Apple opened its Worldwide Developer Conference (WWDC) yesterday, and it certainly was a busy event giving us a glimpse at the highly-anticipated macOS Ventura, iOS 16, the M2 chip, a new MacBook Air, and much more. Here are the key announcements in case you missed it:
Apple has announced iOS 16, and the update brings a totally revamped and customizable lock screen interface which lets you add custom wallpapers, change the date and time’s font and color, as well as add new widgets for weather, activity rings, calendar events, and more. Apple is also pushing updates to notifications and its Focus feature.
iOS 16 brings Live Activities that let you pin and manage notifications, like live sports scores, on your lock screen and is also introducing hideable notifications that appear at the bottom of the lock screen. It’s also getting in on the “buy now, pay later” trend that lets you make a purchase and pay it in a series of instalments. The new Pay Later feature is coming to Apple Pay with iOS 16.
Updated MacOS – Ventura
Improvements to the Mail app, camera software updates, and increased productivity capabilities will all be included in the next MacOS, called Ventura.
The biggest new feature is Stage Manager. It’s an overhaul of Mission Control, that you enable from the Command Center (and can disable if you choose to). Whereas Mission Control showed all running apps on the screen, Stage Manager keeps your currently-opened app in focus and bunches the other apps by category to the side.
The powerful M2 chip will be installed in a brand new MacBook Air that has been created around it. The new Air is 11.3 inches thick, weighs 2.7 pounds, and has a 13.6-inch liquid Retina display with a Magsafe charging system. A headphone jack is also included. The MacBook Air will be available in grey, gold, silver, and blue for $1,199. The price of a MacBook Pro starts at $1,299. Both laptops will be accessible in July.
WatchOS 9 was also previewed at Apple WWDC, and it will bring four new watch faces while Workout app has been updated to display more info and metrics. Apple has added a number of new health-tracking features such as new running metrics, atrial fibrillation tracking, and medication reminders.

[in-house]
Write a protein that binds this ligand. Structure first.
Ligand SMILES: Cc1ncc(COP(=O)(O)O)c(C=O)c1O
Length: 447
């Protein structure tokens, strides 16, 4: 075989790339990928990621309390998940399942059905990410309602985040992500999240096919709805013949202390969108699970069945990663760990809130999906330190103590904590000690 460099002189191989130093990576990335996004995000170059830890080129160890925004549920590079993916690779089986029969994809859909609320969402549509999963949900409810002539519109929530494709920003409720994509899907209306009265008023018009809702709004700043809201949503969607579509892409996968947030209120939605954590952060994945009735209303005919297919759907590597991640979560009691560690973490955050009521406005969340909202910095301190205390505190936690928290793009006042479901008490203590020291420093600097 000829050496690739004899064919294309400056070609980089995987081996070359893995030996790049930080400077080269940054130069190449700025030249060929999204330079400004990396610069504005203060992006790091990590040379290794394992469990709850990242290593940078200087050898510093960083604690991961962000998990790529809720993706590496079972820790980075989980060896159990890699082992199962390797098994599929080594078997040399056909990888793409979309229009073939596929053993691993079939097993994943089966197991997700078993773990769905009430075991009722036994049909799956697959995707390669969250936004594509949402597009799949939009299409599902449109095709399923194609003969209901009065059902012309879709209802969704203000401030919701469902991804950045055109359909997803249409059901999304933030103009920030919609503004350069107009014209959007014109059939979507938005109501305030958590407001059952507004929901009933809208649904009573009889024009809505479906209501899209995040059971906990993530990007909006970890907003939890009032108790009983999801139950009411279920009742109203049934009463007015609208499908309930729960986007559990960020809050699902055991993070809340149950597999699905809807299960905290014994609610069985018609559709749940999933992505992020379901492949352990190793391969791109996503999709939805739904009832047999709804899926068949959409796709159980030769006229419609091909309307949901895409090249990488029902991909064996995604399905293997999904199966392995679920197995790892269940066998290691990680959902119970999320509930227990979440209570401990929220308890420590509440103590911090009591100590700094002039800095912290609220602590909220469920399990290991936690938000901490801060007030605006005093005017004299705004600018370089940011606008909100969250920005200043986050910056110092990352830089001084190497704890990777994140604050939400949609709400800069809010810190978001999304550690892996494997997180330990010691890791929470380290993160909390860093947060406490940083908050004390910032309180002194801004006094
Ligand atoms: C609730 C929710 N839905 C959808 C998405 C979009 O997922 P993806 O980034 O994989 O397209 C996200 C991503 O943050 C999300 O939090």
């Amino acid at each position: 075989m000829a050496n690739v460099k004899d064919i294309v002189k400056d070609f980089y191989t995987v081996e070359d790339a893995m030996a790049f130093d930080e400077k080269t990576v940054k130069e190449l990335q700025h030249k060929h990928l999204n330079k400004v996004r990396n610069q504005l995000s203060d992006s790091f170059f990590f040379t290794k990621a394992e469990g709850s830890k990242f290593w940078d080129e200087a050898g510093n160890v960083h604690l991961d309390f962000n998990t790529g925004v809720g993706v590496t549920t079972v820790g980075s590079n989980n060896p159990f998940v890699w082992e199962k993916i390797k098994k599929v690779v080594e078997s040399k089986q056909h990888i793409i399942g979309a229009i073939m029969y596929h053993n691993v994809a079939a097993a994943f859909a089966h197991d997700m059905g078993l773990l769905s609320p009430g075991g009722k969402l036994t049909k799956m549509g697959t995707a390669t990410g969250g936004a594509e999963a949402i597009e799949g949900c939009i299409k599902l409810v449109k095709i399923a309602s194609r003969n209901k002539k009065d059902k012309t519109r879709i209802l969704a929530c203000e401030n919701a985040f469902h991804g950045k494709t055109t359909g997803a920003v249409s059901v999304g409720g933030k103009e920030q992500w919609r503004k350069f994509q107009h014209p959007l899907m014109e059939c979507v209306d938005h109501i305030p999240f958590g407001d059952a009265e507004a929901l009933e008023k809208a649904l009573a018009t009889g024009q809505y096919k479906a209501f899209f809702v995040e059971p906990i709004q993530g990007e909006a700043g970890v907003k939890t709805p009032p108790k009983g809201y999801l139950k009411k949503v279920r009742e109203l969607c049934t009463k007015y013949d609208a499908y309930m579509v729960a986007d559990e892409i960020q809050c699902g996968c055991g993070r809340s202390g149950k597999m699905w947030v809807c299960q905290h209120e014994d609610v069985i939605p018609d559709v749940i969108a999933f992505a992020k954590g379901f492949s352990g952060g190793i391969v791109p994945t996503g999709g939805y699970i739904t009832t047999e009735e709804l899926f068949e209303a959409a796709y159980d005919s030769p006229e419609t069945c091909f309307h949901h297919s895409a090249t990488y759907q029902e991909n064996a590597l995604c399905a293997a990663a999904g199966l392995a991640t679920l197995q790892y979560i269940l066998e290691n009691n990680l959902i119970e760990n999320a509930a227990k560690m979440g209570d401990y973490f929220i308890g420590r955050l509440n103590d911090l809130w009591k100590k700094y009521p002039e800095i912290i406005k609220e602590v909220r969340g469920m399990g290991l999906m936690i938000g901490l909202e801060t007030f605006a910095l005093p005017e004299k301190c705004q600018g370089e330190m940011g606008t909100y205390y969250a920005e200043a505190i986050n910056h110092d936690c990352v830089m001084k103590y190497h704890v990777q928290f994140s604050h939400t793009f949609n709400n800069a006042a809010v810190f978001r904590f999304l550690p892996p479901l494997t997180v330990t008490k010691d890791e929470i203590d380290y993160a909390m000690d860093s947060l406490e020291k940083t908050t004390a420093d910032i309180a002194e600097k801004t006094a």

Ru Bhikha, mobiles expert at Uswitch.com, comments: “The release of iOS 16 promises the ability to customise the phone’s lock screen to an incredible degree, allowing users to change every aspect of the look of their screen. The new Live Activities feature also helps to avoid being bombarded with notifications.
“Letting users have different lock screens for different purposes like work or personal is an interesting idea, and highlights notifications that are appropriate to the current setting.
“Introducing the ability to edit and delete messages you’ve just sent could be a godsend, especially for those times you’ve sent your boss a text meant for your partner – taking a page out of the Slack playbook.
“The new dictation features look powerful, but are another example of a ‘new’ Apple feature that users of Samsung phones have been enjoying for several years.
“Apple Pay Later is a timely update to the wallet amid the cost-of-living crisis, and will allow users to spread large purchases over four smaller interest-free payments.
“The latest updates to WatchOS provide important improvements to help people use wearables to monitor their health. Sleep Stages will be a welcome addition for those looking to decode their sleeping patterns, something which has not previously been available through Apple-owned apps.
“The AFib history feature will now allow people suffering from atrial fibrillation to share their data with healthcare professionals. The new Medications app also helps people keep track of the medicine they are taking and alerts them to any conflicts with certain prescriptions.
“The new MacBook Air integrates the camera into a ‘notch’ design which gives a wider display and puts the range in line with the MacBook Pro. The upgrade to a 1080p camera will make a big difference to the quality of video calls, as the Air has traditionally been weaker in this area.
“The new Macbook Air, along with an update to the MacBook Pro, gives us the first glimpse into the power of the next-generation M2 chip. That alone will cause many people considering a new MacBook to hold off until these devices hit the shelves.
“The M2 chip will boost performance, while also being more efficient and using less power. Its predecessor impressed us with the raw power it has delivered across Apple devices – only time will tell if its replacement is able to do the same with future launches.”